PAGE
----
This impact is evident in unexamined narratives of “only safe space” and “right to exist”, and “we deserve a homeland” and “Israel has a right to defend itself” and “Israel is surrounded by anti-semitic enemies.”
It is also evident in powerful emotional ties to an idealized Israel and an idealized Zionism and the hope that these idealized versions might come to pass or at least survive somewhere in the imaginary outside of and unpolluted by the real Israel and the real Zionism.
It is evident in attempts to separate Jewish Israelis from the Netanyahu government with statements such as “the people are not the government.” While there are many Israeli’s who don’t support Netanyahu, most Jewish people are well-versed in narratives of how ordinary German people enabled the Holocaust. Why would it be different in Israel?
And this obfuscates the fact that Jewish Israelis are some of the most racist people in the world. Most are avidly in favor of the war on Gaza, and the huge majority of them support nationalist Zionism either in full or to some degree.
It is also evident in the resistance to decentering anti-semitism in the face of someone elses pain. It is evident in lingering, sometimes unconscious assumptions that antisemitism is worse than other forms of racism and the inability to feel real feelings for other people’s genocides or to fully acknowlege them.
It is evident in the appalling lack of knowlege of Israel’s history, the history of Zionism, and the history of the occupation of Palestine.
Taking the place of real histories are Hebrew school and Jewish cultural narratives that come straight from the reality distortion field. And as one Israeli analyst living in the West noted, Jewish people living in Israel are the least knowledgeable about their own history because it has been violently withheld and suppressed.
Israel’s cultic reality distortion field is evident in the uncritical reception of the Israeli government and military’s reports on the war which have proved again and again to be deceptive in the most gross ways.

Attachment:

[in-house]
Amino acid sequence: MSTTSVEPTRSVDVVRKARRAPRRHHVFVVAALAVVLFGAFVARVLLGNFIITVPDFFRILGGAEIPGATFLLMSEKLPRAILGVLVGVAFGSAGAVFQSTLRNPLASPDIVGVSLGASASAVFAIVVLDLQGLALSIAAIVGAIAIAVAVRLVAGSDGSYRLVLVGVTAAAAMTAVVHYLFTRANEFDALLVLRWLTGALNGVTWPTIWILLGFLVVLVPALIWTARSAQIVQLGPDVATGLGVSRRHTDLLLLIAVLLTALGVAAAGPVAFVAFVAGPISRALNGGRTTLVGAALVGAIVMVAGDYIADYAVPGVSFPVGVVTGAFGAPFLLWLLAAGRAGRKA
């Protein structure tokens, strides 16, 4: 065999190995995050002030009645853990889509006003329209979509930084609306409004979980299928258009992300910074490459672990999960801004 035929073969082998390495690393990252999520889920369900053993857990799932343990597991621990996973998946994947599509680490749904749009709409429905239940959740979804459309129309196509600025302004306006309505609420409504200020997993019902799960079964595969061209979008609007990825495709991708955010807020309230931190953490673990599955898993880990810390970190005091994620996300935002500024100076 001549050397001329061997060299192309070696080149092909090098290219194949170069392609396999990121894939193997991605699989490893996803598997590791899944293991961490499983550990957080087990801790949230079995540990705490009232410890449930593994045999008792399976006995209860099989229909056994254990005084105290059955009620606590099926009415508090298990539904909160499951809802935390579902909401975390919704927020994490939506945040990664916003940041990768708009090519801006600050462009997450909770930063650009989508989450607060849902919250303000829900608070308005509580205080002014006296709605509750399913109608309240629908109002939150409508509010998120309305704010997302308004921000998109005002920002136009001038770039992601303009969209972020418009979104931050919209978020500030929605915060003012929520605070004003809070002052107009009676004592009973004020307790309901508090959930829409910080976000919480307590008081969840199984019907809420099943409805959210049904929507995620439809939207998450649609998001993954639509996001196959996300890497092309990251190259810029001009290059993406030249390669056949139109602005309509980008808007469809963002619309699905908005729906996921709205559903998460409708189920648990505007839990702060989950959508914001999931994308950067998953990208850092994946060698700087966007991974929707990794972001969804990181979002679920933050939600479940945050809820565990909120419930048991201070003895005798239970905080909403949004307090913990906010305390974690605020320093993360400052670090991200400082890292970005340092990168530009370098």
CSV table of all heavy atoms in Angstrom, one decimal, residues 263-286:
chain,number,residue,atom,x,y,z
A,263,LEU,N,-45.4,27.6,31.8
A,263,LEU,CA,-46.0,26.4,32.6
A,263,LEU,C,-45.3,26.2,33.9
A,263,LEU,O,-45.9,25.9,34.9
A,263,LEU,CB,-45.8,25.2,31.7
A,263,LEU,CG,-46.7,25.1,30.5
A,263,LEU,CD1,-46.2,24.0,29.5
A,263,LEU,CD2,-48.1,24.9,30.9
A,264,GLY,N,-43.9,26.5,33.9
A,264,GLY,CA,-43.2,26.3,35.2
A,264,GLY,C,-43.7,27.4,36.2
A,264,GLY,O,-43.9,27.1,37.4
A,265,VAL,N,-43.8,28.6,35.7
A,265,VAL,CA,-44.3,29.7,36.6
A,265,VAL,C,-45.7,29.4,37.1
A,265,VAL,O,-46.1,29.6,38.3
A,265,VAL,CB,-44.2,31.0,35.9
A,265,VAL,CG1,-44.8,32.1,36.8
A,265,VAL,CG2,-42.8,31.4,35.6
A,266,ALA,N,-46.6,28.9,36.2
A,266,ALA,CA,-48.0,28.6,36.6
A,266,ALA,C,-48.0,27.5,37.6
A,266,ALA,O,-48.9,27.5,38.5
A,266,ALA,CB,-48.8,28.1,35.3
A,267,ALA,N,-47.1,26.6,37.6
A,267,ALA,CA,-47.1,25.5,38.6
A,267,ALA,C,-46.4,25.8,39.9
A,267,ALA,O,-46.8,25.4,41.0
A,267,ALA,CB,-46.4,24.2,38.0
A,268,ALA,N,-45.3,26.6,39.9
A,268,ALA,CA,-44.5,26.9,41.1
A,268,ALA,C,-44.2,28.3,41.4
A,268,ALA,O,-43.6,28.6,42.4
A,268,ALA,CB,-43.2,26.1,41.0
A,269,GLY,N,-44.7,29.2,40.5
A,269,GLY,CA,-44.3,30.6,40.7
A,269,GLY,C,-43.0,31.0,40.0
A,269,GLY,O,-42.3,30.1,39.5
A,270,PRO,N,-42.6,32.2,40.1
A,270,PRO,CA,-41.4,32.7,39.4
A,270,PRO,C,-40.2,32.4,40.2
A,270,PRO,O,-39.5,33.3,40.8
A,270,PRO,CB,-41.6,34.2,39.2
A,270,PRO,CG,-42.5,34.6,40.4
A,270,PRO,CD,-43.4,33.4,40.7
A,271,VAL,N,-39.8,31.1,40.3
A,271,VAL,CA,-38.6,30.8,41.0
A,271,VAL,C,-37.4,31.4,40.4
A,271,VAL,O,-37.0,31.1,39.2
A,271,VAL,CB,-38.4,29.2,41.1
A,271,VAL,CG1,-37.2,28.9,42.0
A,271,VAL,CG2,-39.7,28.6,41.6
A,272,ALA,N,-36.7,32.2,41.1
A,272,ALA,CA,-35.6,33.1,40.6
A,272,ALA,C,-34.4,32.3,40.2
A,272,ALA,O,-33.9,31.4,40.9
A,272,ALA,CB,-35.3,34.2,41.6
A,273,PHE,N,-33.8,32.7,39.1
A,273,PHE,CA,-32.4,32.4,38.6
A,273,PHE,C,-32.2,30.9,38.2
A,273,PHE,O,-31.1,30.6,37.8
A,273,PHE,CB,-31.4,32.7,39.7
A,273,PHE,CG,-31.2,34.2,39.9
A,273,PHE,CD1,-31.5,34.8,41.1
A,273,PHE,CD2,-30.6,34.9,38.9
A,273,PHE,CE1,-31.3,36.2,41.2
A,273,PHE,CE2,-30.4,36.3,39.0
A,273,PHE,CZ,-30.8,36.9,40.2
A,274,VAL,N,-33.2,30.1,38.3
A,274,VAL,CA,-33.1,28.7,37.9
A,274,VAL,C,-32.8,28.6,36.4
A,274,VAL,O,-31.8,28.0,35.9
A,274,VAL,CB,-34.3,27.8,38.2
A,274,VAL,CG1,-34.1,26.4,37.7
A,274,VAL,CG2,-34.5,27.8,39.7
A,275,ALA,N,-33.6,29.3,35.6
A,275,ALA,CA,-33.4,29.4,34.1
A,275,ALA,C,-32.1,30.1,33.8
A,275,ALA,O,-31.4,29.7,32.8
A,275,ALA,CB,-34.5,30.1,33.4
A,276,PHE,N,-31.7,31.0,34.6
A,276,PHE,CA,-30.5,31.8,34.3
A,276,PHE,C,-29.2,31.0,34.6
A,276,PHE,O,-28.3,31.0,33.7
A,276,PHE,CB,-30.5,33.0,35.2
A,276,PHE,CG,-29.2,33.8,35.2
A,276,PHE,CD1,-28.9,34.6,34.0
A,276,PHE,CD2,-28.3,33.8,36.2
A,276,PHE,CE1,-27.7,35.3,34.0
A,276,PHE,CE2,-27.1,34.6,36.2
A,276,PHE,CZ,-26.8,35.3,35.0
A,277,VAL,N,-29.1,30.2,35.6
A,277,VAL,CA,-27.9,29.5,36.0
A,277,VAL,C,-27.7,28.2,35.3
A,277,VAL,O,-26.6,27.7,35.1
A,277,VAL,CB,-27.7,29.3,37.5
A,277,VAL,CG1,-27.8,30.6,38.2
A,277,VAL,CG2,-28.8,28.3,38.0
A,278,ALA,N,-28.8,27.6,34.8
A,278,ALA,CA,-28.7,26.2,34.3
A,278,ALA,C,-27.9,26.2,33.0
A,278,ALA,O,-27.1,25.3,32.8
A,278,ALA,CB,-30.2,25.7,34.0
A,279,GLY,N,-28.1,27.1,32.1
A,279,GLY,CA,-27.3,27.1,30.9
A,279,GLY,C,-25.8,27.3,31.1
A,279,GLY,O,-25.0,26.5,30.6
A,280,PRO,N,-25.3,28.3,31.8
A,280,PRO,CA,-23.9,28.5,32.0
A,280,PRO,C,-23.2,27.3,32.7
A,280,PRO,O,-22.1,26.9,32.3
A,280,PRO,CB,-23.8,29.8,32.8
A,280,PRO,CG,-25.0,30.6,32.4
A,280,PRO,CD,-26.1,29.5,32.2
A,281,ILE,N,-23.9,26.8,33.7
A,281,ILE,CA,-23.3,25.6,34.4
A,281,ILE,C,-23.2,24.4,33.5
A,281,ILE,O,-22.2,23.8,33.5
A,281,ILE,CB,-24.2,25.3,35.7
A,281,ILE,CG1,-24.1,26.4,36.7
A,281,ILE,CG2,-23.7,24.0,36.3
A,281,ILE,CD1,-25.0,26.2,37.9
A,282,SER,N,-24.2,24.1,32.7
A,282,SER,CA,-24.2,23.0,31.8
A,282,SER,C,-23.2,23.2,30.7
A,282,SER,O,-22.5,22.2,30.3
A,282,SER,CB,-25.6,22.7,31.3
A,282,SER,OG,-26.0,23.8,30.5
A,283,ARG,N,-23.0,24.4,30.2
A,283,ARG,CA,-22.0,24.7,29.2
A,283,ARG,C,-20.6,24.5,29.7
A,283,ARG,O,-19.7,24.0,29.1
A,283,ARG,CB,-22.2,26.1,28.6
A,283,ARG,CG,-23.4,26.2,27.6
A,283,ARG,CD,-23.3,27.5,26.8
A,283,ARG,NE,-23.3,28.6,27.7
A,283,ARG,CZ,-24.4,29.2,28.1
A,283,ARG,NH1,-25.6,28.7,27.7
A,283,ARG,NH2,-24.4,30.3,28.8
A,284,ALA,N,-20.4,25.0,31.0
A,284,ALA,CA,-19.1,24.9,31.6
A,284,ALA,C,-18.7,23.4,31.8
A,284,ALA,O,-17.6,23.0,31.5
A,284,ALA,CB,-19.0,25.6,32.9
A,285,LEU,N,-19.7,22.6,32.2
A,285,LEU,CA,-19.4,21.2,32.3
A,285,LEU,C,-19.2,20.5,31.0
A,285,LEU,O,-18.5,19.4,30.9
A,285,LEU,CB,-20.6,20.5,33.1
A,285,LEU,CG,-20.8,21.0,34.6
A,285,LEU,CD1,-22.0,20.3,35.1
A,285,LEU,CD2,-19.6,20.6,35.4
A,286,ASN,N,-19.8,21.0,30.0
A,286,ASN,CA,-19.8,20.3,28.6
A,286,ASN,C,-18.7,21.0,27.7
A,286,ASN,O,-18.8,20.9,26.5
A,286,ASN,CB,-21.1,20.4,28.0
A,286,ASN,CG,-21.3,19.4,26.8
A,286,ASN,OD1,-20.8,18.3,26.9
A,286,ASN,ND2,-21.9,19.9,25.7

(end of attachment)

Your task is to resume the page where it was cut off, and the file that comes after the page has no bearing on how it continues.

It is evident in the shaming and oustering of those who “deprogram” and speak truth to power.
And it is most evident in the overriding narrative of Israel as being under constant threat due to antisemitism alone without analysing Arab relations with Israel in the context of settler colonialism, forced expulsion, and the incremental genocide of Palestinians over the past 100 years.
Coming out to love
In a sense this letter is a “coming out.” I’m saying some things I’ve held back since childhood, and also many things I’ve only recently learned.
But it’s mostly to say to my Jewish students and friends, I see you and feel you and feel for you as you question, and grapple, and re-examine what you’ve held dear or perhaps held and didn’t know you were holding. I feel for the death of ideals and childhoods and things that you have loved, and connections that may be in danger of breaking.
I feel for the difficult reckonings and conversations and conversations that may not even be possible.
I feel for the generations of Jewish people who have been denied knowing the real history of Israel well, who have been emotionally manipulated, who have been lied to, and whose pain and trauma have become pawns in an international game of the powerful and even the antisemitic.
I feel for the anguish of Jewish people whose direct and indirect experiences of genocide are being used to justify more genocide.